Government

LulzSec member 'Sabu' turns on cohorts in FBI sting

LulzSec receives a body blow with the arrest of six individuals, most notably one core member, Hector Monsegur, who is said to have been turned by the FBI into assisting their investigation.

An investigation into the criminal activity of LulzSec has resulted in the arrests of six individuals both in the U.S. and abroad, dealing a serious blow to the group loosely affiliated with Anonymous as well as AntiSec. The investigation involved a number of law enforcement agencies, most notably the Federal Bureau of Investigation, whose agents managed to flip the so-called "mastermind" of LulzSec, Hector Xavier Monsegur -- known by his alias Sabu within the LulzSec circles.

The Fox News report describes the turning of Monsegur as a mafia-type figure who elected to help the Feds when he was threatened with a prison sentence that would separate him from his young children.

On Aug. 15, 2011, Monsegur pleaded guilty to more than ten charges relating to his hacking activity. In the following few weeks, he worked almost daily out of FBI offices, helping the feds identify and ultimately take down the other high-level members of LulzSec and Anonymous, sources said. In time, his handlers allowed him to work from the home from which he previously wrought destruction, using a PC laptop provided by the FBI.

According to the same Fox report, Monsegur helped the FBI in a variety of ways -- tweeting misinformation as instructed by handlers, verifying the truth of various threats, and even interceding in operations launched by LulzSec or Anonymous members against various targets. In fact, a lot of the report reads like a made-for-tv movie script:

When the CIA found itself under siege from LulzSec hackers, Sabu stepped in. With his underlings launching so-called DDoS attacks -- denial of service cyberattacks that basically flood a website with traffic to overwhelm it -- the CIA's public website was threatened.

"We told Sabu to tell them to stop," an official said. "‘It's embarrassing for the CIA,' we told Sabu, ‘Make them stop, now.'"

Sabu sent out the order: "You're knocking over a bee's nest," he warned his associates. "Stop."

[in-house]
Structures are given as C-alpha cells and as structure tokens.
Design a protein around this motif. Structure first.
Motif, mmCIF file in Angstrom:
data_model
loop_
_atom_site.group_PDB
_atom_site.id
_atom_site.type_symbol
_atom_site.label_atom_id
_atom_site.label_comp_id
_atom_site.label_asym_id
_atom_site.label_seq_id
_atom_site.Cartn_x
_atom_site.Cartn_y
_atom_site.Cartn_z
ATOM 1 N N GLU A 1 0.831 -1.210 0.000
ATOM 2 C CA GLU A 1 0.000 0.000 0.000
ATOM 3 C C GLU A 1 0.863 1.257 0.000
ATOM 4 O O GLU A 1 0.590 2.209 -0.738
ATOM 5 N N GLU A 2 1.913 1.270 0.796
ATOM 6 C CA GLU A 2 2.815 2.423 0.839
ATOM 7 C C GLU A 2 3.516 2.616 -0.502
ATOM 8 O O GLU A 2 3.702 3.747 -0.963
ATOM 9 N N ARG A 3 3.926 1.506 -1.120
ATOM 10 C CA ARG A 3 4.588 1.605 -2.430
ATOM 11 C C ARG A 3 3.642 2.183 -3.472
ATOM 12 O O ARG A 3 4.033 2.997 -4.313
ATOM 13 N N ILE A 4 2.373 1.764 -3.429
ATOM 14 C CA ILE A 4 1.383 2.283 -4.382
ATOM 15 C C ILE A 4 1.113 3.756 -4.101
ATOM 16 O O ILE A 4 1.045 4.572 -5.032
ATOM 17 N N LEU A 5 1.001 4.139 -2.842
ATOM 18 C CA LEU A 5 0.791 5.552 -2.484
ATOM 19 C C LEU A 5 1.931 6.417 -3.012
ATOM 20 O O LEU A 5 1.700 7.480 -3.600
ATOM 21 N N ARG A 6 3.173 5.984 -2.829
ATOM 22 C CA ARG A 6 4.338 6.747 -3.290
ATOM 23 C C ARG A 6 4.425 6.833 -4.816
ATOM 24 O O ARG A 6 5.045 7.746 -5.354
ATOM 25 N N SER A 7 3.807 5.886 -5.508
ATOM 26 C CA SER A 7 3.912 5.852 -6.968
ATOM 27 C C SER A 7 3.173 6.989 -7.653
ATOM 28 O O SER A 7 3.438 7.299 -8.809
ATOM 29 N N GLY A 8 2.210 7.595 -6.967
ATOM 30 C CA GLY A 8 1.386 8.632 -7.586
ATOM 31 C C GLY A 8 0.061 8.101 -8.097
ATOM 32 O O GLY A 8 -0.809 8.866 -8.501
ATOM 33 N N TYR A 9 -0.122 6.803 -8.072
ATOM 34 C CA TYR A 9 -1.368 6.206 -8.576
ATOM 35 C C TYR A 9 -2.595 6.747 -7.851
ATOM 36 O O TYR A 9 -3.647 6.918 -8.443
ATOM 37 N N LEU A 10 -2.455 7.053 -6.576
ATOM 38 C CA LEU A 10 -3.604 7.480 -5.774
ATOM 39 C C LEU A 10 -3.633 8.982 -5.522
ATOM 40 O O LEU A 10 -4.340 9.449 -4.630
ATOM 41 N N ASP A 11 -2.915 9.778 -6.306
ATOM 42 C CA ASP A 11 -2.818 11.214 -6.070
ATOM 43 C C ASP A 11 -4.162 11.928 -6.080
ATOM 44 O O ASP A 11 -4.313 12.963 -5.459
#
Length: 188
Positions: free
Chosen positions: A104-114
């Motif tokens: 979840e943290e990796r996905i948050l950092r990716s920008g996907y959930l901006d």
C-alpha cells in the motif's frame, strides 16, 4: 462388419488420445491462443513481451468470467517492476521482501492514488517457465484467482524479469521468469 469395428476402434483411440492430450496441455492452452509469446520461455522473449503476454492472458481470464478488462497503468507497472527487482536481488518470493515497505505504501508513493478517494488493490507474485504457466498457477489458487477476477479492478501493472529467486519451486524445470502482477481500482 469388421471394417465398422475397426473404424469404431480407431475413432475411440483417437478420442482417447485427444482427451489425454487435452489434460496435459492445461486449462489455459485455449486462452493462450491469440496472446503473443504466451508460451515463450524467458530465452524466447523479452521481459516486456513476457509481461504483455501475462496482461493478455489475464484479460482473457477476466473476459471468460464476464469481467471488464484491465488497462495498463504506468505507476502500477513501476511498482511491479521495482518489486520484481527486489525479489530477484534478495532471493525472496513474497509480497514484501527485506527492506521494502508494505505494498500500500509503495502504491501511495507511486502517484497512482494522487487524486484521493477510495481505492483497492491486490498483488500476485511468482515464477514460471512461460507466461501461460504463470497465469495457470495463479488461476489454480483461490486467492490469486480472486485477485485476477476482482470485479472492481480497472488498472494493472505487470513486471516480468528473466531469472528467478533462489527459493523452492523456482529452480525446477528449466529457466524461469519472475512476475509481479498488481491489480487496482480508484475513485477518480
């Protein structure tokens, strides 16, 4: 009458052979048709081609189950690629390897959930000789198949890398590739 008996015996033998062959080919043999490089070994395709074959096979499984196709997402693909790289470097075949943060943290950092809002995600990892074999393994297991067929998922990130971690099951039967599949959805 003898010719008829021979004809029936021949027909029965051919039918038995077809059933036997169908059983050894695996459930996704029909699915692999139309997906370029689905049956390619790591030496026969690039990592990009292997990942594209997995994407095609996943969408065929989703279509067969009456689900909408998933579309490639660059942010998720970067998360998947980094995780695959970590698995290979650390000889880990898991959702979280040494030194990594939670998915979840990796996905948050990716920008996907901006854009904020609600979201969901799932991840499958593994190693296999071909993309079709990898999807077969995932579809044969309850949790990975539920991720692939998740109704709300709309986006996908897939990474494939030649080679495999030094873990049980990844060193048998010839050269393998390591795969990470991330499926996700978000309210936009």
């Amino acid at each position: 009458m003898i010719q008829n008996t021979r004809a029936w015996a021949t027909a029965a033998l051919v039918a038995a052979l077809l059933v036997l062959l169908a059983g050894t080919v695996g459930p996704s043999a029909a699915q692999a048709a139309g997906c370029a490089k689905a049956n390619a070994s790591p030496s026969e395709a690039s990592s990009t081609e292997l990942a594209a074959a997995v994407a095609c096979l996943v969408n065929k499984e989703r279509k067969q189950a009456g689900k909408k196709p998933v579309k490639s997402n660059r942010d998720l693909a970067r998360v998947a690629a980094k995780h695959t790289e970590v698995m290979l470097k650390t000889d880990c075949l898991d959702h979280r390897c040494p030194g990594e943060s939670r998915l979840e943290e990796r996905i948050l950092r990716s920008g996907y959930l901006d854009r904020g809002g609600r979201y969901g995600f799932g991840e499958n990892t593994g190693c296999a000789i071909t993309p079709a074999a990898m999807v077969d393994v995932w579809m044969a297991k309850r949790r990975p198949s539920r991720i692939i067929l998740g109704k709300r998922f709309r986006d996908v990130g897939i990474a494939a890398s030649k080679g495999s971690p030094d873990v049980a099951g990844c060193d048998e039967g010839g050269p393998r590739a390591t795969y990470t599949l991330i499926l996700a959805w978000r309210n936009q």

They did.

If you'd like to read the case against Monsegur, here is the U.S. v. Hector Xavier Monsegur document.

Others arrested are:

  • Ryan Ackroyd, also known as lolspoon or lol
  • Jake Davis, or topiary
  • Darren Martyn, or pwnsauce
  • Donncha O'Cearrbhail, or palladium.
  • Jeremy Hammond, or Anarchaos (AntiSec)

Hammond, by the way, is charged with hacking into Strategic Forecasting, the exploit that Patrick Lambert covered in his article on Monday, "WikiLeaks publishes millions of Stratfor emails accessed by Anonymous."

What do you think will happen next? Will Anonymous or its splinter groups launch further retaliatory attacks in response to the arrests or is this operation likely to put a chill on the "hacktivist" community?

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Selena has been at TechRepublic since 2002. She is currently a Senior Editor with a background in technical writing, editing, and research. She edits Data Center, Linux and Open Source, Apple in the Enterprise, The Enterprise Cloud, Web Designer, and...

11 comments
wuboyblue
wuboyblue

Well, you've published his name, the court documents, now all you need to do is give the guy's address. Sure he is a rat, a snitch, but the idea of publishing so much information about him tells the average tv watcher (like me) that he is sleeping under the blanket of the U.S. Marshalls. I really didn't think there was some omert?? between those involved in a conspiracy to hack, but really. I understand the reason for protecting this now outed asset, why I don't understand is why he was outed at all.

virtualburn
virtualburn

.. you gotta love 'em. If it took the FBI this long to pin down a bunch of noobs riding the hype, let's see what happens when the big guns step into the fray. The more information is repressed and Governments in the pockets of Corporations think they can restrict the free web, the less control they will have on what actually happens.

HAL 9000
HAL 9000

Has already been hit and breached. If that's true as they where involved in the Investigation it's only a matter of time till the FBI gets hit quite hard and losses a lot of Data and credibility. Col

jkameleon
jkameleon

But exactly how, and why... who knows, and who cares. Once the regime is rotten enough, once enough people work for a change, all this snitching, data gathering, provocateuring, and conspiring becomes meaningless. The only thing it does are blowbacks.

AnsuGisalas
AnsuGisalas

Whoever took on Lockheed Martin? Whoever they were, odds are they work for profit, not principle.

jkameleon
jkameleon

FBI has no credible data hacktivists could possibly use, and after the "Fast and Furious" scandal, there is no more credibility FBI could possibly lose.

AnsuGisalas
AnsuGisalas

Information warfare is older than Information Technology, so, thanks for posting! :D